Carlos Munoz, Airbnb’s regional representative

The Cayman Islands has become the latest destination to embrace Airbnb, the company which started as an informal couch surfing service and was once considered a threat to traditional tourism businesses and to government coffers.

Officials hope a formal agreement will make it easier for Caymanians to profit from the islands’ tourism boom by renting rooms or villas to visitors through the online marketplace without government losing out on vital room tax revenue.

Tourism Minister Moses Kirkconnell and Carlos Munoz, Airbnb’s regional representative, signed a memorandum of understanding at the Government Administration Building Wednesday, agreeing to joint marketing, data sharing and regulatory standards for hosts.

Mr. Kirkconnell said the memorandum was a “significant milestone” for the islands and would create more opportunities for Caymanians to become entrepreneurs without huge expense.

He said the expansion of Airbnb in Cayman would assist in bringing new rooms online and allowing Caymanians to benefit from the growth in the industry.

He said it would also spread tourism growth throughout the island and allow visitors the opportunity for meaningful interaction with local people.

“We all have an opportunity now to become part of the tourism product and to share our culture with visitors,” the minister said. “People want to experience our culture, our home.”

He said it would also give tourism officials a degree of oversight to help ensure properties being rented to visitors were up to standard and compliant with regulatory requirements, including being licensed through the Hotel Licensing Board and paying visitor room taxes.

Mr. Munoz said Airbnb was growing exponentially, with more listings around the world than any hotel chain.

He said the company would be hosting two town hall meetings per year in the Cayman Islands along with government officials to educate its “hosts” on their regulatory obligations and to provide information to people who wanted to rent their rooms using the service.

There are currently 470 properties in the Cayman Islands listed with Airbnb but both Mr. Kirkconnell and Mr. Munoz suggested the partnership should increase that number.

“This is a very old practice, of hosting people in your homes,” said Mr. Munoz. “It is also now the future. Through technology, we are making it easier for people to travel and connect. It is our aim through this MOU to be able to bring more folks to the Cayman Islands to experience what you have to offer.”

In other island nations, the growth of Airbnb has been resisted by tourism officials because it has diverted visitors to smaller properties, which are harder to regulate and to collect taxes from.

Mr. Kirkconnell said Cayman has not had that issue, but suggested the agreement would help it keep better tabs on the industry to ensure there are no illegal renters operating. There will also be a degree of data sharing through the MOU, allowing tourism officials to get better information on where Airbnb users are staying and where they are coming from.

1 COMMENT

  1. Airbnb also means that homes that were previously available for long term rentals are taken off the rental market this increasing rents.

    Furthermore there are other short term rental agencies such as Home Away and our very own Cayman Villas.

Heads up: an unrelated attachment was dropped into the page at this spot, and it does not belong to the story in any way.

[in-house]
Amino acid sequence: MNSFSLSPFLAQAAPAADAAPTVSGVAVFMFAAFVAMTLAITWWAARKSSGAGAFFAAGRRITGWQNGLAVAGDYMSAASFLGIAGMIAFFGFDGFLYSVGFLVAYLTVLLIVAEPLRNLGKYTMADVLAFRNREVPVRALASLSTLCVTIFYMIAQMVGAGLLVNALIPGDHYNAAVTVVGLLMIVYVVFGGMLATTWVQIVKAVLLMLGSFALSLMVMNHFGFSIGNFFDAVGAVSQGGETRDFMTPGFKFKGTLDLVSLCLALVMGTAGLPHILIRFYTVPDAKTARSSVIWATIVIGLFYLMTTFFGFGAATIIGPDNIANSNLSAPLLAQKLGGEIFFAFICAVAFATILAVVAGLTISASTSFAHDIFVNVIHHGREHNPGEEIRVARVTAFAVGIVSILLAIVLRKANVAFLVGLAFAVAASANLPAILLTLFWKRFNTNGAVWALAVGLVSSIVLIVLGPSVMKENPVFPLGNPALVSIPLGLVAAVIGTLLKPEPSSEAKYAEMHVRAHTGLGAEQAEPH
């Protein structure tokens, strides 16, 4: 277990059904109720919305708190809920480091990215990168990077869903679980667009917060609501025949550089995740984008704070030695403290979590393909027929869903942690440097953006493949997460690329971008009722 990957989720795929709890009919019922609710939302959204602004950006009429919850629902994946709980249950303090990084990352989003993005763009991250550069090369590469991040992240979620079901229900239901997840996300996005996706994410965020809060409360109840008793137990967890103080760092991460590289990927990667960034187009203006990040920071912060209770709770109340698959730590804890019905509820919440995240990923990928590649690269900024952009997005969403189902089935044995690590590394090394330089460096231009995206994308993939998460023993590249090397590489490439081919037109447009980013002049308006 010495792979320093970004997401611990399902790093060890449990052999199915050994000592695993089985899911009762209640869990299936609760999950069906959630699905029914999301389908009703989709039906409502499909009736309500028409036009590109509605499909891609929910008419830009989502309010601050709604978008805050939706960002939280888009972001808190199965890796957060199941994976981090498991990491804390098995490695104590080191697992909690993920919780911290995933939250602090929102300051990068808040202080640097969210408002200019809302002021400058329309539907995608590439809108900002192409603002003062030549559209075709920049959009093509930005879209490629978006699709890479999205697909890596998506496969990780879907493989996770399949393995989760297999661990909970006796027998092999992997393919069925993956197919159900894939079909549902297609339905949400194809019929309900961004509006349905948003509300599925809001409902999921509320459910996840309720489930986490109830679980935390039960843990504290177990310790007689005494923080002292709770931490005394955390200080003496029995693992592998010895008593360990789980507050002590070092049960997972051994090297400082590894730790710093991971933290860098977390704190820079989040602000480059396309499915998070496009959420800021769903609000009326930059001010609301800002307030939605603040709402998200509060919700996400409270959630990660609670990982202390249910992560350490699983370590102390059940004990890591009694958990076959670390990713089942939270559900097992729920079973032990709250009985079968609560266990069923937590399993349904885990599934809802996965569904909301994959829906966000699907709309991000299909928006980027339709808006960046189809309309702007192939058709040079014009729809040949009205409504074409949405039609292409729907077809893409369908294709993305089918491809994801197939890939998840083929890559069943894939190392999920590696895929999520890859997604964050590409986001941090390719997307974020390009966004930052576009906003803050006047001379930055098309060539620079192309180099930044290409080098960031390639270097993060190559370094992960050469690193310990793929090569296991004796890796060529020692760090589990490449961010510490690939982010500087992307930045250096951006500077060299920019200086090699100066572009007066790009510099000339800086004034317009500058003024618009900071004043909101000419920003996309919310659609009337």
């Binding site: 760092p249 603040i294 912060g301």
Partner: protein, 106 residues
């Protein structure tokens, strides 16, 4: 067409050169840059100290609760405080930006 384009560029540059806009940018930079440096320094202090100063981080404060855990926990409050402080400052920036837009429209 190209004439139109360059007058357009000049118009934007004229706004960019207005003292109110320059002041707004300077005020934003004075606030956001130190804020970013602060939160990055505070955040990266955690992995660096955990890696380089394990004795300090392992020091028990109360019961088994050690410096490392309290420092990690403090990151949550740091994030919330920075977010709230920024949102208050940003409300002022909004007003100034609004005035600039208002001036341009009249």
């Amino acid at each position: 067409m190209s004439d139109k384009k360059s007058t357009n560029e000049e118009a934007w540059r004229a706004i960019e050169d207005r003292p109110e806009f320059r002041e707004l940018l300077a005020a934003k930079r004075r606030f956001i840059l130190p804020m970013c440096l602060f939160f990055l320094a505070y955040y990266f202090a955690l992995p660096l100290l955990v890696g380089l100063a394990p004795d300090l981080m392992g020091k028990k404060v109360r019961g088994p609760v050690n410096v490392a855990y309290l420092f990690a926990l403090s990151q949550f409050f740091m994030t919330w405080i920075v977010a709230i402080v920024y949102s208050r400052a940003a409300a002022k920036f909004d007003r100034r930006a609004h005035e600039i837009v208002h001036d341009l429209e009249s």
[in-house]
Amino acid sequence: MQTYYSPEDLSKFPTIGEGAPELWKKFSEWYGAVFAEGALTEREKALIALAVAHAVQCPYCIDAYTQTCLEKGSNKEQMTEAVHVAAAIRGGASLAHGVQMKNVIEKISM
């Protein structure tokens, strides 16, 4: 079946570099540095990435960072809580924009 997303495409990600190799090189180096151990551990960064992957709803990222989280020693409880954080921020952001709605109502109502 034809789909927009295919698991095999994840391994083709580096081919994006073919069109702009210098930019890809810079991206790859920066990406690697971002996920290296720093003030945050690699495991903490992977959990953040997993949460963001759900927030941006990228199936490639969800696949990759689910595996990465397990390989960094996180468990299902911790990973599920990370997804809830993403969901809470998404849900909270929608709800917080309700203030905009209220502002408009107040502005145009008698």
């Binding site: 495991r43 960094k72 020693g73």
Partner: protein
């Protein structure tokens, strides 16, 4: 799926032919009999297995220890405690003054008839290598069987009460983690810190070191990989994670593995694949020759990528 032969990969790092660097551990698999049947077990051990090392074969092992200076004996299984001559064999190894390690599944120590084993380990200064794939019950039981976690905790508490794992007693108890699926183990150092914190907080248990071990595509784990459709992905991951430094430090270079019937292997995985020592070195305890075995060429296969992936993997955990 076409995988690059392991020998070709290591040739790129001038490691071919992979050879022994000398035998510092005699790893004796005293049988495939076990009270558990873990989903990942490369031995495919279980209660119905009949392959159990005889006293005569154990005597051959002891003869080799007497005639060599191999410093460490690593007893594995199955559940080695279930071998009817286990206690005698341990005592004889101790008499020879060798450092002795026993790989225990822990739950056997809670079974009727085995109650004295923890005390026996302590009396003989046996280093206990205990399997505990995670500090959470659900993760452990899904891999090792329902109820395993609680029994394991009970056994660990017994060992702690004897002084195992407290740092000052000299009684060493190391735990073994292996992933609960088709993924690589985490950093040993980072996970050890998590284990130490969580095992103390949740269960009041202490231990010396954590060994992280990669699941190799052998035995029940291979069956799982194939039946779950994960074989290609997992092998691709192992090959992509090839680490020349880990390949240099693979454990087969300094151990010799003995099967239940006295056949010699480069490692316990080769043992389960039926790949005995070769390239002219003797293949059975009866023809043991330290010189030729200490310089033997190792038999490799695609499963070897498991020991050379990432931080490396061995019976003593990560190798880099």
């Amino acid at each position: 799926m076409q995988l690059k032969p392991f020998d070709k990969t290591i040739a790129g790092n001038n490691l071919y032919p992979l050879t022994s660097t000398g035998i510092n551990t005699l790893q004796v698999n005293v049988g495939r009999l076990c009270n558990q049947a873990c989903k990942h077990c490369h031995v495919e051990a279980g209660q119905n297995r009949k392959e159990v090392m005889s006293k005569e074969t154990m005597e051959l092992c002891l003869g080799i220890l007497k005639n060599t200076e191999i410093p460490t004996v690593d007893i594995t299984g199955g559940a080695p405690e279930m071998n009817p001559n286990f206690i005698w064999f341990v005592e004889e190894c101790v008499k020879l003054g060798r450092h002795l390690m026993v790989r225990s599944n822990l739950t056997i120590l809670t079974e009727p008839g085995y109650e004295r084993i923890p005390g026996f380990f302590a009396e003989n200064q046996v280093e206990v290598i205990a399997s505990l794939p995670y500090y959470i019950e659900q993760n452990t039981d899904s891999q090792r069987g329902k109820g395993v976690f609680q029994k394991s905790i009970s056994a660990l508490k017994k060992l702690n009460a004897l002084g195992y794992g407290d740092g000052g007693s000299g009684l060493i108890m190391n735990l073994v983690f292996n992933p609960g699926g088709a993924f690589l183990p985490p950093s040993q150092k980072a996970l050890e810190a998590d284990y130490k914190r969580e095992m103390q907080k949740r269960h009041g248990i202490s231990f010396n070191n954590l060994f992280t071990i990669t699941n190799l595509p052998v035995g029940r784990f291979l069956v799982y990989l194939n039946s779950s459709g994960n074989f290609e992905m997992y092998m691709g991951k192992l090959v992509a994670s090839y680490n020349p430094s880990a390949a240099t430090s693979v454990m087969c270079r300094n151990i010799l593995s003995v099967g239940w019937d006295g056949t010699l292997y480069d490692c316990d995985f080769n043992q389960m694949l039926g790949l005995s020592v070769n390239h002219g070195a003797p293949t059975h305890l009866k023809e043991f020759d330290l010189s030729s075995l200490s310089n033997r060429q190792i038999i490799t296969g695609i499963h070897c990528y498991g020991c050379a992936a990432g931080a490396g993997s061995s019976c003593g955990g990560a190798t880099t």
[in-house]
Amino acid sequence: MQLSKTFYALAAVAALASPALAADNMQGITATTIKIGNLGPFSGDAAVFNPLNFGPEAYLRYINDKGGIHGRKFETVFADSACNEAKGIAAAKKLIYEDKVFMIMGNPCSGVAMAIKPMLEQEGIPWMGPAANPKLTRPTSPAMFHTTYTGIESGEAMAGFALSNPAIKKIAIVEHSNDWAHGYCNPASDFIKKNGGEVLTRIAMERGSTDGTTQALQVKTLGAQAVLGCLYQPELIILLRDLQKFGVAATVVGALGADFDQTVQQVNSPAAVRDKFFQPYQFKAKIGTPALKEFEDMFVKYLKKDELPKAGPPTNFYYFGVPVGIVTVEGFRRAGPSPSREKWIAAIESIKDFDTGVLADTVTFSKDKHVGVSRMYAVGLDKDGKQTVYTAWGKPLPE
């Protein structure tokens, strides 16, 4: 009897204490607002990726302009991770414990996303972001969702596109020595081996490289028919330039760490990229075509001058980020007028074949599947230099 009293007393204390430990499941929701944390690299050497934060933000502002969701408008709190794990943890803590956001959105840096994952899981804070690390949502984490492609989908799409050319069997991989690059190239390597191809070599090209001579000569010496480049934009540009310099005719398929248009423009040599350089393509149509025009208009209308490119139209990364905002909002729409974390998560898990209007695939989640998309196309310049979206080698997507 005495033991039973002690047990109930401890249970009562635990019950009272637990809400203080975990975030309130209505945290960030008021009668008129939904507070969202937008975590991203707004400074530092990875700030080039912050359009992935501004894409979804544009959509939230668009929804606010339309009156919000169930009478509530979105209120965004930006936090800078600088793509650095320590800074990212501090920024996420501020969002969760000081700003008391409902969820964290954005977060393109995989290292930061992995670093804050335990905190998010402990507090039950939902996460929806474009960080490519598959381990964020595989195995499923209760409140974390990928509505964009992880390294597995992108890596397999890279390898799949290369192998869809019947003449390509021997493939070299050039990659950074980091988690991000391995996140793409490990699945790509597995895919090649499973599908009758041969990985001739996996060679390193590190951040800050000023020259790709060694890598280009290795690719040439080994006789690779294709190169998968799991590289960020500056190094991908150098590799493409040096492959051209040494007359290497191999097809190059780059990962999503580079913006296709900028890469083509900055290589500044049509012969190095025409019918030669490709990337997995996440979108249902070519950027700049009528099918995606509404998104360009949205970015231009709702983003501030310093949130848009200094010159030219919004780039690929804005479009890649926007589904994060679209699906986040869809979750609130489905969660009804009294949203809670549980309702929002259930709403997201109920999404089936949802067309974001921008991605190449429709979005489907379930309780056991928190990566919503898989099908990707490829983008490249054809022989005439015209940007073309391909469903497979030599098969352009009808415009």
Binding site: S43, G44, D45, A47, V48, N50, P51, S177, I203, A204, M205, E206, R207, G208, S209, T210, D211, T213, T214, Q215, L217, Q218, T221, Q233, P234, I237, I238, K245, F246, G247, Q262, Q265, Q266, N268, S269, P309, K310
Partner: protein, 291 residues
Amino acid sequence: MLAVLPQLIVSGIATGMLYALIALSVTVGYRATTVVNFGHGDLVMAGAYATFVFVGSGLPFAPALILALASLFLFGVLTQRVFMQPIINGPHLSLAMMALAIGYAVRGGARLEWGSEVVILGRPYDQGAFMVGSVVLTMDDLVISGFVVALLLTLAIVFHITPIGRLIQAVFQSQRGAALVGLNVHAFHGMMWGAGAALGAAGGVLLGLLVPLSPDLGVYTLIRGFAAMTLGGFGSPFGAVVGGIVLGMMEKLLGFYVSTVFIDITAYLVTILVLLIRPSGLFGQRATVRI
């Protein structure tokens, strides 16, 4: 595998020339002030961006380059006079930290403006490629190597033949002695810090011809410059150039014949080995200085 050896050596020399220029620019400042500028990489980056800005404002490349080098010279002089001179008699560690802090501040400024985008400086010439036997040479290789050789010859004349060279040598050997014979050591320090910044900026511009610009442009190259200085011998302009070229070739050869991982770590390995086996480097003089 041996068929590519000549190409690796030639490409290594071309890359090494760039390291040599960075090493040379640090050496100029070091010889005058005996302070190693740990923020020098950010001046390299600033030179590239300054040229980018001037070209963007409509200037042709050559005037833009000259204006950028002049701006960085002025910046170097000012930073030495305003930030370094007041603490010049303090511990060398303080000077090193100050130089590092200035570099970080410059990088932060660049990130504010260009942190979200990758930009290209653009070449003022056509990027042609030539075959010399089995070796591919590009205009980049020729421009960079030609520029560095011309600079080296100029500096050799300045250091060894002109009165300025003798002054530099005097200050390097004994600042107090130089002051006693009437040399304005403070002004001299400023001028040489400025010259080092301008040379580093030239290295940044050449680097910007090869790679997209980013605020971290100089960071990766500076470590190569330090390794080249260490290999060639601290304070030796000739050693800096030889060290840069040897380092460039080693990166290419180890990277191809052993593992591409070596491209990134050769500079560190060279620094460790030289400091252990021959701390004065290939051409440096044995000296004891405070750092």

2. Cayman should learn from other popular tourism destinations. This is what happens when local resident’s rights to a peaceful existence ignored.

    Barcelona
    “Low-cost flights, as well as the popularisation of home-sharing platforms such as AirBnB and Homeaway, which tend to be cheaper and more convenient than hotels, have contributed to the growing number of sightseers. In turn, investors are speculating and buying entire buildings – some where families have lived for decades – to cater for this growing industry. Landlords are seeing an opportunity to gain up to four times as much as they would for renting to long-term local tenants, and 40 per cent of Barcelona’s tourist apartments are illegal. This is leading to a shortage of housing for those who live and work here and driving up rents, which increased by 16.5 per cent in 2016. ”
    https://www.independent.co.uk/travel/news-and-advice/barcelona-locals-hate-tourists-why-reasons-spain-protests-arran-airbnb-locals-attacks-graffiti-a7883021.html

    London:
    “Very reminiscent of what has been going on in London where I live. Investors or non-resident foreign buyers have bought most of London driving up prices and rents with Airb&b adding to it. Blame the governments not the tourists for allowing it to happen and not putting their residents first. Barcelona is not the only place this happening, uncontrolled greed is the reason and unless governments put their foot down and make laws and IMPLEMENT them nothing will change.”

    First Venice and Barcelona: now anti-tourism marches spread across Europe. https://www.theguardian.com/travel/2017/aug/10/anti-tourism-marches-spread-across-europe-venice-barcelona

    ‘Go home’: Overcrowding causes angry backlash against tourists in Europe’s hottest destinations.
    http://www.traveller.com.au/go-home-overcrowding-causes-angry-backlash-against-tourists-in-europes-hottest-destinations-gxqlw5#ixzz5AU49mVqi

    Tourism carrying capacity study is past due.

  3. Sounds like a quick way to kill your tourism industry. Airbnb is almost completely unregulated and there’s even a website warning off potential users. Check out – ttps://www.airbnbhell.com

    Why didn’t CIG simply adopt the Cuban Casas Particulares model – it’s tried, tested and properly regulated.

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